March teases us with a promise too often unfulfilled. This year it is coming in like a lion with subzero and single digit temperatures and snow, more snow. And, who knows, March may go out like a lion as well.
It is a long month, unbroken by three-day weekends or major holidays. St. Patrick’s Day has to carry all the weight with its parades and controversies, its green beer and Irish soda bread. And then there’s the traditional corned beef and cabbage, also known as a New England boiled dinner. While we’re singing the “Wearing of the Green” and donning our green outfits, we’re hoping that the earth will treat us with at least a few blades of green grass.
Here in New Hampshire and Vermont, “sugaring” is the big event. Those involved in sugaring keep a close watch on the thermometer as for sap to “run” there must be cold nights (20 degrees) followed by daytime 40 degrees. Once the sap starts to run, it might be collected in buckets or carried by plastic line to the sugar house where it is boiled down. It takes 45-50 gallons of sap to make one gallon of syrup. It,s a very “iffy” business because the number of days the sap runs, the quality of the sap from the tree, and how long you boil it all affect the flavor and the color. Of course this really impacts commercial sugaring.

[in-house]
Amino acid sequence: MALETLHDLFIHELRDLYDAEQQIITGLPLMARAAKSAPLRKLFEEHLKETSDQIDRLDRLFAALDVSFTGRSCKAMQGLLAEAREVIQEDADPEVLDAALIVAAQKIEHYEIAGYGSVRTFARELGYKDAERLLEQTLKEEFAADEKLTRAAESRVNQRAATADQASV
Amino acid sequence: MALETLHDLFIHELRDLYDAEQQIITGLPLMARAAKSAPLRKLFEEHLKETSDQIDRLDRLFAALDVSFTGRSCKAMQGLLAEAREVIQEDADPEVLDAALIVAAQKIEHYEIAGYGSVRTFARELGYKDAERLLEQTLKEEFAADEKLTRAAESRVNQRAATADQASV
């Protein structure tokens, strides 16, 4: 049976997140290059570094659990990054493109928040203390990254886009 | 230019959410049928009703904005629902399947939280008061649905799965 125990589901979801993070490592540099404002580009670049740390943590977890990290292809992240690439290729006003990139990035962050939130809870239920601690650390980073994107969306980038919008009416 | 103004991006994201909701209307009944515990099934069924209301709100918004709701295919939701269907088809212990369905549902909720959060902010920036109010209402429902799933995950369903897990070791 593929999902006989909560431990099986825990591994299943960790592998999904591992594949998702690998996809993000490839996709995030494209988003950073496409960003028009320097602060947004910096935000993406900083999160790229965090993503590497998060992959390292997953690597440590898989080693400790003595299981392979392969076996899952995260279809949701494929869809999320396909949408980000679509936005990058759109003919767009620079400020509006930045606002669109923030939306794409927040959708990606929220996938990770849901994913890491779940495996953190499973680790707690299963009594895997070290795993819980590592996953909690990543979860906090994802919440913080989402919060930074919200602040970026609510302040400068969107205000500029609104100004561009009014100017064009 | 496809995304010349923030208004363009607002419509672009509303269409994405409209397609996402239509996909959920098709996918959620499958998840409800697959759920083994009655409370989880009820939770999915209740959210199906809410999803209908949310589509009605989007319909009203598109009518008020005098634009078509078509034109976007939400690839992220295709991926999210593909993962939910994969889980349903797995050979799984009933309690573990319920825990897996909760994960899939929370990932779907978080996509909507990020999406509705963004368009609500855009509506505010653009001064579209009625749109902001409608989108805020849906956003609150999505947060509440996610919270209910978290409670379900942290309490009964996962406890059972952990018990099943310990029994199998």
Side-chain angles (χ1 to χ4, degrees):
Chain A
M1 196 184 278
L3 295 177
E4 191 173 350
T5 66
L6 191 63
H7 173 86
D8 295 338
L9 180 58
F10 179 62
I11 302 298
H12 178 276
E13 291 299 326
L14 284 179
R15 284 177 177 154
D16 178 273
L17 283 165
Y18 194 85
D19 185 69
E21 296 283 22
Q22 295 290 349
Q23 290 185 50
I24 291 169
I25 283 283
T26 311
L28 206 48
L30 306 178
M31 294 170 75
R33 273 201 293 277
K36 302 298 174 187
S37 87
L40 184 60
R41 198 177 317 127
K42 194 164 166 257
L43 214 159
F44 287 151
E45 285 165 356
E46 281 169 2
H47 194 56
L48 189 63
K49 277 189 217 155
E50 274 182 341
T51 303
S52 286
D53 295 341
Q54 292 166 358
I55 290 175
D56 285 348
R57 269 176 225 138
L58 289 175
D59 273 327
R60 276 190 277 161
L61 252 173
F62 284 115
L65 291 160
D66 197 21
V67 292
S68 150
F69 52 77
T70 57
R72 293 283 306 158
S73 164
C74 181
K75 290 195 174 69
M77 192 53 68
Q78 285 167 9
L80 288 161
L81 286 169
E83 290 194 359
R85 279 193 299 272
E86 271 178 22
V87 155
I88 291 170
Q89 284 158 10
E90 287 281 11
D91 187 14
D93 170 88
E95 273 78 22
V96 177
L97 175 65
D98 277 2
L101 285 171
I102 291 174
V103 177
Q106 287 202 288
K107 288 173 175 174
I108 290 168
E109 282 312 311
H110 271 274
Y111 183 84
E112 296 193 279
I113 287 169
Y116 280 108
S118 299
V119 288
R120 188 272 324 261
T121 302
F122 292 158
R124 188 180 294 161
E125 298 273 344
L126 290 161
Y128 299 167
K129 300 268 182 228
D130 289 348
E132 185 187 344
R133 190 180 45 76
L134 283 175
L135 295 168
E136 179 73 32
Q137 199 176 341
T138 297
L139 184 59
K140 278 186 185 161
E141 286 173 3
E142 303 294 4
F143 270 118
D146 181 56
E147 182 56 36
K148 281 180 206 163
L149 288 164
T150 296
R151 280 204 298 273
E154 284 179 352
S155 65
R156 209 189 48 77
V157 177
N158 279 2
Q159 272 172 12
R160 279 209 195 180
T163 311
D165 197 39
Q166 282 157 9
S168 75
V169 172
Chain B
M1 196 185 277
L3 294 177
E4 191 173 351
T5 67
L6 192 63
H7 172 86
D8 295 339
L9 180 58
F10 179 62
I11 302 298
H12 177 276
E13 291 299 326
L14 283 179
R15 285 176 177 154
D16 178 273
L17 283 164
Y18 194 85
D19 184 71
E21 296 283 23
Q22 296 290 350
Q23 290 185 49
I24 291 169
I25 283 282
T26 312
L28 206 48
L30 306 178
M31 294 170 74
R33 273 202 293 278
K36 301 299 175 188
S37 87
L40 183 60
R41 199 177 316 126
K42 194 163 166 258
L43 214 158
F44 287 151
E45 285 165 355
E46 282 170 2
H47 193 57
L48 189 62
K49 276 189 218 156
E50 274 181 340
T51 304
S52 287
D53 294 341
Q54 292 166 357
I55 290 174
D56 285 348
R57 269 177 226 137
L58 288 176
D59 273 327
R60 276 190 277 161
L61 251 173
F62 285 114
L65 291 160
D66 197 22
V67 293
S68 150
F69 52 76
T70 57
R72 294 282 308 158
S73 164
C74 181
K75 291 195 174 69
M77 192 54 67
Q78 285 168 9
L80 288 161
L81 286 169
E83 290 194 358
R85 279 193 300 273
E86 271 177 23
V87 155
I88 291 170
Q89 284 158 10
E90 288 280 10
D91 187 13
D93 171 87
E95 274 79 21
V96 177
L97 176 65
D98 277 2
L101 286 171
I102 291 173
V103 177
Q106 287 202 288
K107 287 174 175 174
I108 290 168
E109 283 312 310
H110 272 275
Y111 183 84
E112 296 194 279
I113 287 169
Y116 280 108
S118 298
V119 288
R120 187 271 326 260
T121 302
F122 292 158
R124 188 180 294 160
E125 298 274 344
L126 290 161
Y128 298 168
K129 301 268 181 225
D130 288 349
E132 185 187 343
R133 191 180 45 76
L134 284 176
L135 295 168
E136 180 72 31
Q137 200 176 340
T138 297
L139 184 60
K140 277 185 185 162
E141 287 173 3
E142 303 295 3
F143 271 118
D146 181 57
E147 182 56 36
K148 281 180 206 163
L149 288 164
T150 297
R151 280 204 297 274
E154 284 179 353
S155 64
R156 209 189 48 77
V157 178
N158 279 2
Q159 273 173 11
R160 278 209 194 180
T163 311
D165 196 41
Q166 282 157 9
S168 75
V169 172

The real fun is in the small “sugar -on-snow” parties that are held privately or the larger ones that are fund-raisers. First you collect fresh clean snow and then boil some syrup until just before the soft-ball stage. You pour or ladle the syrup onto the snow which sets it and voila a delicious sweet treat which you can pick up with fingers or fork. Back in the day, after a few tastes of this delicacy, you might bite into a sour pickle to cut the sweetness.
Unfortunately, mud season occurs at about the same time or shortly thereafter. Already many town roads are posted for weight limits and the “Frost Heaves” signs are ready. If possible you should avoid dirt roads as getting stuck in the mud is serious business.
Daylight Savings Time now comes so early that next week it will still be dark at 7A.M.
Sometimes Easter comes in March, but not this year which is fortunate because
I think there will still be banks of snow . One Good Friday I remember standing in snow at the cemetery where the outdoor stations of the cross ended. And also, the snow might thwart the Easter Bunny in the delivery of colored eggs and fattening
If it snowed in March, my mother used to say, “Don’t worry. It won’t stay on the ground long,” Sorry, Mom, I’m not so sure about that this year!
© Dorothy C. Judd
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